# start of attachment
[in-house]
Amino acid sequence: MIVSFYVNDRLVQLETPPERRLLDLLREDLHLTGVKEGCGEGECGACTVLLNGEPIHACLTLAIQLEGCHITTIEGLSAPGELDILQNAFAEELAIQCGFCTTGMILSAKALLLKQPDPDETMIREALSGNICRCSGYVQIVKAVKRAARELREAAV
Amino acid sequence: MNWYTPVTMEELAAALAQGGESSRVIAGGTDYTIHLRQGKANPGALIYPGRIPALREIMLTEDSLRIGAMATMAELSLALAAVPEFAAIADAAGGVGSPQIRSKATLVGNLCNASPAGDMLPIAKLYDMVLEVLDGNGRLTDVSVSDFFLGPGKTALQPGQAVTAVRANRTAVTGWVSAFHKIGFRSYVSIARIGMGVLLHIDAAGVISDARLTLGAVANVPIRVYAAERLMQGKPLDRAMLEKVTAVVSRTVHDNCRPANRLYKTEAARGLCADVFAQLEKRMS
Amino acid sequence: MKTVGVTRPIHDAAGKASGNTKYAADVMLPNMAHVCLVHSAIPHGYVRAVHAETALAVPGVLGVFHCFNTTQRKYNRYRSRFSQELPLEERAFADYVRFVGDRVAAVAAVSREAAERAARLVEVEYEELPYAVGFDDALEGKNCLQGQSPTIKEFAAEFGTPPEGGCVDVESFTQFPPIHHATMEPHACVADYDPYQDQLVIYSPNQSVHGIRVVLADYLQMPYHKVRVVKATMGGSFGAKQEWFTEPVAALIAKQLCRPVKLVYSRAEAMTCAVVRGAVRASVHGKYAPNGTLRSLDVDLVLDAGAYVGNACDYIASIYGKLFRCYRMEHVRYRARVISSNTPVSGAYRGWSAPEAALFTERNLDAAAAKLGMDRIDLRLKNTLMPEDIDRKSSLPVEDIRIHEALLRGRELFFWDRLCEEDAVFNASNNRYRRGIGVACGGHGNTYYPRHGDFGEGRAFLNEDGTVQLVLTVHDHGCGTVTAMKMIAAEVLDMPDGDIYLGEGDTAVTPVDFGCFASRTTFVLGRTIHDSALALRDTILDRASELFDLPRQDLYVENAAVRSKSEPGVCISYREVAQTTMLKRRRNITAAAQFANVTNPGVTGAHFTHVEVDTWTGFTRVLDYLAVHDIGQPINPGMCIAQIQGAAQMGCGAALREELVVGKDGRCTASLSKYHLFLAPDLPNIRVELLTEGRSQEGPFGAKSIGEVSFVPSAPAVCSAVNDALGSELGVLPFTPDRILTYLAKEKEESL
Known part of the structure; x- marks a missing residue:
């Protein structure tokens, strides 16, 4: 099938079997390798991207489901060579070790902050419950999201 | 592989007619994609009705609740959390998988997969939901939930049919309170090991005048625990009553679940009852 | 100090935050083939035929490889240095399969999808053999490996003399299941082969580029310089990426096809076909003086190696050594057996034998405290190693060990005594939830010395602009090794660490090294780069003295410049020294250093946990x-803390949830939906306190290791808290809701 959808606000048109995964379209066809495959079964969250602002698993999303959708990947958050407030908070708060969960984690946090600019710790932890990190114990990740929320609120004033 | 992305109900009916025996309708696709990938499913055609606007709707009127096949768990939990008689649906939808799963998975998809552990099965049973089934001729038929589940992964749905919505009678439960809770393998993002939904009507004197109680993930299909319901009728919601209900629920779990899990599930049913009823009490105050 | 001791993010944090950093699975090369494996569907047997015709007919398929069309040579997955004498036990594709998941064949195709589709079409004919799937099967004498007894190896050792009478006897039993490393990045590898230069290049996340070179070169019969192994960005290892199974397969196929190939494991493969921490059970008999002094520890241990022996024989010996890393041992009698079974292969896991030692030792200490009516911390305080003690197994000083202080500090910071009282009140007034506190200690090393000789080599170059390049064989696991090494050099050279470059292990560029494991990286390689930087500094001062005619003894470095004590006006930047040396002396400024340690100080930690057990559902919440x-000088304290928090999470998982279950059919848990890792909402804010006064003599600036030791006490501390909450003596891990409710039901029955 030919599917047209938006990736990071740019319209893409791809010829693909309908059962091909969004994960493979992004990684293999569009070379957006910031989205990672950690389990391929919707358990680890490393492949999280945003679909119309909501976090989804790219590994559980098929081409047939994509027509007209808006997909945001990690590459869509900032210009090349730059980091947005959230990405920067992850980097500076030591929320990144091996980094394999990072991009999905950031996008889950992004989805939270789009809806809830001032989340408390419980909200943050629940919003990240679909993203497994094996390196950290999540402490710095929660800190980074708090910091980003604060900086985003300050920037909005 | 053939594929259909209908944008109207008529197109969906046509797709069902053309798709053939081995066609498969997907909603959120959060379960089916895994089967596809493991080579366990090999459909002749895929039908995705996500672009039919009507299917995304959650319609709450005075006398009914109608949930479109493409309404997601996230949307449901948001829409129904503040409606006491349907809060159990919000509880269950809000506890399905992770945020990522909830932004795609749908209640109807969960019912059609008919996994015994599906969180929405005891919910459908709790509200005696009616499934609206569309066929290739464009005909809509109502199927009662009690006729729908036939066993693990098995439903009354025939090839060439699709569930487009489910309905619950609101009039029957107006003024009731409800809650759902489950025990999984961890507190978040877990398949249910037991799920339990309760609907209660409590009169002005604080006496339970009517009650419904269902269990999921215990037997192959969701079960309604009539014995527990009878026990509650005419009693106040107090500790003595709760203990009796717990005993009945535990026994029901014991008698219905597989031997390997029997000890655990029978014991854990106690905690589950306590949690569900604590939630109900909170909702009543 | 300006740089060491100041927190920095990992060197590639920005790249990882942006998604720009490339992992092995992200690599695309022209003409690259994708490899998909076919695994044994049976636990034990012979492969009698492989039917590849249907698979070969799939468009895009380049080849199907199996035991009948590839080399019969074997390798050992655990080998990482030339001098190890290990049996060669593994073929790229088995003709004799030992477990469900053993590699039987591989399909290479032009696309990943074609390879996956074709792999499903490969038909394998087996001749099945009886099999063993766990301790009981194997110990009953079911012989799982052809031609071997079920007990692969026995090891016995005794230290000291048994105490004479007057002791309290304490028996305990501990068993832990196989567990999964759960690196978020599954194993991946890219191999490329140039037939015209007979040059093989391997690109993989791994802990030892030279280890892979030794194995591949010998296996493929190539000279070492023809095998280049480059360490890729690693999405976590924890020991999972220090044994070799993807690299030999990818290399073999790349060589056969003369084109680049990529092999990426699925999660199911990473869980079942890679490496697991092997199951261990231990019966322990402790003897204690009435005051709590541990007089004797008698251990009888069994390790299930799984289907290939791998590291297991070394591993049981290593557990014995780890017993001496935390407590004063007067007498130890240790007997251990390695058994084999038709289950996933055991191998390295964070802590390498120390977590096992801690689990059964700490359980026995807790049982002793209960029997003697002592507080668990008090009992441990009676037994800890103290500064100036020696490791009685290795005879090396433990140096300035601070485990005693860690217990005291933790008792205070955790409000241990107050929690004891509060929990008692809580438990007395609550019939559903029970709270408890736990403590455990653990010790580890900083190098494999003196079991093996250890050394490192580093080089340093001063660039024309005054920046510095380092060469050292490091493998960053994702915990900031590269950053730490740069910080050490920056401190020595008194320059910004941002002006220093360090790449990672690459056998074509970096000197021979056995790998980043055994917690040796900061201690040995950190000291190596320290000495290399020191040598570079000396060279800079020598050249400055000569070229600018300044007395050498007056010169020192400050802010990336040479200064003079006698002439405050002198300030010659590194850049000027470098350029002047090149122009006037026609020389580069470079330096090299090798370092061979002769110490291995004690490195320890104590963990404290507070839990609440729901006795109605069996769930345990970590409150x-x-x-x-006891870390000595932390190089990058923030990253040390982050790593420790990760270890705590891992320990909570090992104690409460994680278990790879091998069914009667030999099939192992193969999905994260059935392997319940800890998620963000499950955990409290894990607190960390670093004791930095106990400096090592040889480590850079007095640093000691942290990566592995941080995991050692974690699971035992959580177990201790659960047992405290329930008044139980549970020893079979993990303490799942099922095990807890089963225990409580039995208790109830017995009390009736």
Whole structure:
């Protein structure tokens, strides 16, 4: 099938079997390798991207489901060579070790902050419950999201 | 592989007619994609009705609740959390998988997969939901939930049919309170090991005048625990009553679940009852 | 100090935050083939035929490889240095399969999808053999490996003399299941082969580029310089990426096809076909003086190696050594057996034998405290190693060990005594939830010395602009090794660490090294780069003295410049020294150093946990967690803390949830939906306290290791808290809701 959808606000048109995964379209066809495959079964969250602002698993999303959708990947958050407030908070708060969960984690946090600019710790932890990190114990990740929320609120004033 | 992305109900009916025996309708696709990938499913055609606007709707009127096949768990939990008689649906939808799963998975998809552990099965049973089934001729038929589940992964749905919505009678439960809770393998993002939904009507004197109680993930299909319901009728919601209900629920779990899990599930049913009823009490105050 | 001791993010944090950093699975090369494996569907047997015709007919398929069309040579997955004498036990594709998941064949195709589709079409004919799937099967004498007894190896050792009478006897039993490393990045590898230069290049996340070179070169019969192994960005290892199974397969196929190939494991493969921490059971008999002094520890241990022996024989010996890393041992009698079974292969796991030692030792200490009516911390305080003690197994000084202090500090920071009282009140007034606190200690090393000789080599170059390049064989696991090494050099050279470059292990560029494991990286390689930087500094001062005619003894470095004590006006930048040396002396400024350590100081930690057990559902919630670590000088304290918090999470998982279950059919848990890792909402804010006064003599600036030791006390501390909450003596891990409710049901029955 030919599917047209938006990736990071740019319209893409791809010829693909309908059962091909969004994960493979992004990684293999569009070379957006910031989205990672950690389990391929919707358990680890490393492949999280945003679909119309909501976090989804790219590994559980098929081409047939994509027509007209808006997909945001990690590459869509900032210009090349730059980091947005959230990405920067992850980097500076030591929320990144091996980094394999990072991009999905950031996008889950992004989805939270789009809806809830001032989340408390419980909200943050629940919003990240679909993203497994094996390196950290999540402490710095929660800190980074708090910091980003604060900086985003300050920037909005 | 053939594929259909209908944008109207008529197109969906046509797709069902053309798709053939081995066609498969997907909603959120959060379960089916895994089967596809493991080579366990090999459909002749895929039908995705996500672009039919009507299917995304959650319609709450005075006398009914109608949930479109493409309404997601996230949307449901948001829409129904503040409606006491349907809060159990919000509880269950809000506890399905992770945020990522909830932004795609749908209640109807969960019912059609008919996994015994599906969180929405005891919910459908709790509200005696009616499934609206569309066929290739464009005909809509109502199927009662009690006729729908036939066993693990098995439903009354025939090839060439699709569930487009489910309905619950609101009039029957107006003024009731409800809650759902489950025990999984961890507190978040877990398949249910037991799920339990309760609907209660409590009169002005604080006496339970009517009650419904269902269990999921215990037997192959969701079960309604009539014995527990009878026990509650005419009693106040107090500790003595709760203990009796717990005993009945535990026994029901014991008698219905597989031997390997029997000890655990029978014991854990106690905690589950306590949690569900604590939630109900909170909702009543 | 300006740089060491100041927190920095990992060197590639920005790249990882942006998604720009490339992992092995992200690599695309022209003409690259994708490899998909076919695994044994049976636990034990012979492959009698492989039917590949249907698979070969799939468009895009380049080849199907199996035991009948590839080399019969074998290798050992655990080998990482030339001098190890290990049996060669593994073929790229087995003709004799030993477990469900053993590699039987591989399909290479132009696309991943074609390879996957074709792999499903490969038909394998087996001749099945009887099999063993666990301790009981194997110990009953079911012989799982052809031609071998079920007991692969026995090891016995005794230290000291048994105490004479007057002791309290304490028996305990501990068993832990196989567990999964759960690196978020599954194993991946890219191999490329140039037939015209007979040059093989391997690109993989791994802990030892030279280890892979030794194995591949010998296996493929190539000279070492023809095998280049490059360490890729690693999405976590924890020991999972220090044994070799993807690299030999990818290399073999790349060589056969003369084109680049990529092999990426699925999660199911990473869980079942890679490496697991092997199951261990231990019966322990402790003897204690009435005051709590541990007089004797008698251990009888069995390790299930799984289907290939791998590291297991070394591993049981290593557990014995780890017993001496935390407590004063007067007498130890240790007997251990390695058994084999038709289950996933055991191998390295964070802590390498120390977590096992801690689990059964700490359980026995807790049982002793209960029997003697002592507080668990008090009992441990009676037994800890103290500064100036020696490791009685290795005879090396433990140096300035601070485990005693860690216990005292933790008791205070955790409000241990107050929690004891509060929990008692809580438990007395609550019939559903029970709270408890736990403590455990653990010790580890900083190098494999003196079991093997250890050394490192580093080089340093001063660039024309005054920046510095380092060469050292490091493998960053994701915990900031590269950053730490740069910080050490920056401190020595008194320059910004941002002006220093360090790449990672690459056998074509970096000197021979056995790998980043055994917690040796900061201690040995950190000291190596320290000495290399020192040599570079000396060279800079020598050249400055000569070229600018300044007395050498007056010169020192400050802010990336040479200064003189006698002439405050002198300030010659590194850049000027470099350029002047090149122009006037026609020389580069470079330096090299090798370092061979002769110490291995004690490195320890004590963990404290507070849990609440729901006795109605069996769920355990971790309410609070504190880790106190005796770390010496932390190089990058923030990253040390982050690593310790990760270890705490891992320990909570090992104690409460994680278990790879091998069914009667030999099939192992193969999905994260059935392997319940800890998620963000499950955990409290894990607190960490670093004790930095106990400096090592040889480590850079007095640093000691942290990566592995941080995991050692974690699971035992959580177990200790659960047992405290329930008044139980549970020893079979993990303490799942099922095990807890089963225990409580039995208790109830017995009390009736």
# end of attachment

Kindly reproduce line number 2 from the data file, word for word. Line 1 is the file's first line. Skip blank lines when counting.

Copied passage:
Amino acid sequence: MIVSFYVNDRLVQLETPPERRLLDLLREDLHLTGVKEGCGEGECGACTVLLNGEPIHACLTLAIQLEGCHITTIEGLSAPGELDILQNAFAEELAIQCGFCTTGMILSAKALLLKQPDPDETMIREALSGNICRCSGYVQIVKAVKRAARELREAAV